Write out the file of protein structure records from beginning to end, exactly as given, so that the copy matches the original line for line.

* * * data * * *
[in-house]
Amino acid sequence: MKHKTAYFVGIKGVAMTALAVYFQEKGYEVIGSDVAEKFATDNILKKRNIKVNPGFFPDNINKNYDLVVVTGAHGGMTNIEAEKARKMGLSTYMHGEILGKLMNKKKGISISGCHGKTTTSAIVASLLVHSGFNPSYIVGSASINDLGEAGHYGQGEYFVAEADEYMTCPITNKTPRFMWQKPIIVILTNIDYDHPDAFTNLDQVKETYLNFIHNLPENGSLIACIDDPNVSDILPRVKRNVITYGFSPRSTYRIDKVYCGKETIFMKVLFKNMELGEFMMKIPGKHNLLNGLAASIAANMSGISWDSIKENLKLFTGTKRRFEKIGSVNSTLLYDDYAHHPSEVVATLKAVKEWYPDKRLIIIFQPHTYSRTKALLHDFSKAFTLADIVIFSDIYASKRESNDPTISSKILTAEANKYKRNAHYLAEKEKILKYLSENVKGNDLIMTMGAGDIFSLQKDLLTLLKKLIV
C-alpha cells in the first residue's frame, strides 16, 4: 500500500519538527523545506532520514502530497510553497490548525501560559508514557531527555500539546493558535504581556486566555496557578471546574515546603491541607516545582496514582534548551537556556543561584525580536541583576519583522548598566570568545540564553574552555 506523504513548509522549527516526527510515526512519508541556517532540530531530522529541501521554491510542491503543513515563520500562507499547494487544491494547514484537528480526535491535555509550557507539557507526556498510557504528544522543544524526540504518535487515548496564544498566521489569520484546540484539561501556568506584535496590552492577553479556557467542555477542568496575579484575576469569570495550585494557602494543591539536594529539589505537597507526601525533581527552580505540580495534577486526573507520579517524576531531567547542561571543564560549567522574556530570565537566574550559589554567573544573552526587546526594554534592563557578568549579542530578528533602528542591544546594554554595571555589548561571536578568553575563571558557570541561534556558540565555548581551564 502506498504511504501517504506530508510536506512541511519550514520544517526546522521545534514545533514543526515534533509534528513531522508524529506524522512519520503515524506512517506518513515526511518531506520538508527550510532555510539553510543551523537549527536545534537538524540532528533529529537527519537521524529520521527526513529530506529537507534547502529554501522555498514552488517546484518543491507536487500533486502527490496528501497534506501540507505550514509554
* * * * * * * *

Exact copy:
[in-house]
Amino acid sequence: MKHKTAYFVGIKGVAMTALAVYFQEKGYEVIGSDVAEKFATDNILKKRNIKVNPGFFPDNINKNYDLVVVTGAHGGMTNIEAEKARKMGLSTYMHGEILGKLMNKKKGISISGCHGKTTTSAIVASLLVHSGFNPSYIVGSASINDLGEAGHYGQGEYFVAEADEYMTCPITNKTPRFMWQKPIIVILTNIDYDHPDAFTNLDQVKETYLNFIHNLPENGSLIACIDDPNVSDILPRVKRNVITYGFSPRSTYRIDKVYCGKETIFMKVLFKNMELGEFMMKIPGKHNLLNGLAASIAANMSGISWDSIKENLKLFTGTKRRFEKIGSVNSTLLYDDYAHHPSEVVATLKAVKEWYPDKRLIIIFQPHTYSRTKALLHDFSKAFTLADIVIFSDIYASKRESNDPTISSKILTAEANKYKRNAHYLAEKEKILKYLSENVKGNDLIMTMGAGDIFSLQKDLLTLLKKLIV
C-alpha cells in the first residue's frame, strides 16, 4: 500500500519538527523545506532520514502530497510553497490548525501560559508514557531527555500539546493558535504581556486566555496557578471546574515546603491541607516545582496514582534548551537556556543561584525580536541583576519583522548598566570568545540564553574552555 506523504513548509522549527516526527510515526512519508541556517532540530531530522529541501521554491510542491503543513515563520500562507499547494487544491494547514484537528480526535491535555509550557507539557507526556498510557504528544522543544524526540504518535487515548496564544498566521489569520484546540484539561501556568506584535496590552492577553479556557467542555477542568496575579484575576469569570495550585494557602494543591539536594529539589505537597507526601525533581527552580505540580495534577486526573507520579517524576531531567547542561571543564560549567522574556530570565537566574550559589554567573544573552526587546526594554534592563557578568549579542530578528533602528542591544546594554554595571555589548561571536578568553575563571558557570541561534556558540565555548581551564 502506498504511504501517504506530508510536506512541511519550514520544517526546522521545534514545533514543526515534533509534528513531522508524529506524522512519520503515524506512517506518513515526511518531506520538508527550510532555510539553510543551523537549527536545534537538524540532528533529529537527519537521524529520521527526513529530506529537507534547502529554501522555498514552488517546484518543491507536487500533486502527490496528501497534506501540507505550514509554